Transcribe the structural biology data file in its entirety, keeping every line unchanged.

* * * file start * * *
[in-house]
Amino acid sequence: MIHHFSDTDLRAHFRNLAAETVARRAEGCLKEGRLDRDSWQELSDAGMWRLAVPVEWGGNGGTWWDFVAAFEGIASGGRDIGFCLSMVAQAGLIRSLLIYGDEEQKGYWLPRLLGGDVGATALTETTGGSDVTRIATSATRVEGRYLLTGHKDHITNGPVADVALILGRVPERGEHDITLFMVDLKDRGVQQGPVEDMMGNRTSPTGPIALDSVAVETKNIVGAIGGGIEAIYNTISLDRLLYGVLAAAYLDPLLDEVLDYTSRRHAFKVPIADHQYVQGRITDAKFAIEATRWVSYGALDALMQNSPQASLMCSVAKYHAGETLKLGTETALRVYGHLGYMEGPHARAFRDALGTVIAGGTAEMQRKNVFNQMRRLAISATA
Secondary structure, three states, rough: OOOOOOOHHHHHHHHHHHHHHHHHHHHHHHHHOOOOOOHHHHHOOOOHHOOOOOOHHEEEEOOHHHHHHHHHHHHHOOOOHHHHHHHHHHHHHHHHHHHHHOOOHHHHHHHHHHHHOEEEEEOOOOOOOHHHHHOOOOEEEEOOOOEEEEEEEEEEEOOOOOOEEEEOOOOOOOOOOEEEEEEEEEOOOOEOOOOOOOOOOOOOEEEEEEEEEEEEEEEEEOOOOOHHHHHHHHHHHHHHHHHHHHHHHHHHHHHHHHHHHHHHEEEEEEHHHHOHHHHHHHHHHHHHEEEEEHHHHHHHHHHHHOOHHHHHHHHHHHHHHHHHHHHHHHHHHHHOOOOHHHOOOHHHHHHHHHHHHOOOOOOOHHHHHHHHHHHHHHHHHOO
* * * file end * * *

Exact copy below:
[in-house]
Amino acid sequence: MIHHFSDTDLRAHFRNLAAETVARRAEGCLKEGRLDRDSWQELSDAGMWRLAVPVEWGGNGGTWWDFVAAFEGIASGGRDIGFCLSMVAQAGLIRSLLIYGDEEQKGYWLPRLLGGDVGATALTETTGGSDVTRIATSATRVEGRYLLTGHKDHITNGPVADVALILGRVPERGEHDITLFMVDLKDRGVQQGPVEDMMGNRTSPTGPIALDSVAVETKNIVGAIGGGIEAIYNTISLDRLLYGVLAAAYLDPLLDEVLDYTSRRHAFKVPIADHQYVQGRITDAKFAIEATRWVSYGALDALMQNSPQASLMCSVAKYHAGETLKLGTETALRVYGHLGYMEGPHARAFRDALGTVIAGGTAEMQRKNVFNQMRRLAISATA
Secondary structure, three states, rough: OOOOOOOHHHHHHHHHHHHHHHHHHHHHHHHHOOOOOOHHHHHOOOOHHOOOOOOHHEEEEOOHHHHHHHHHHHHHOOOOHHHHHHHHHHHHHHHHHHHHHOOOHHHHHHHHHHHHOEEEEEOOOOOOOHHHHHOOOOEEEEOOOOEEEEEEEEEEEOOOOOOEEEEOOOOOOOOOOEEEEEEEEEOOOOEOOOOOOOOOOOOOEEEEEEEEEEEEEEEEEOOOOOHHHHHHHHHHHHHHHHHHHHHHHHHHHHHHHHHHHHHHEEEEEEHHHHOHHHHHHHHHHHHHEEEEEHHHHHHHHHHHHOOHHHHHHHHHHHHHHHHHHHHHHHHHHHHOOOOHHHOOOHHHHHHHHHHHHOOOOOOOHHHHHHHHHHHHHHHHHOO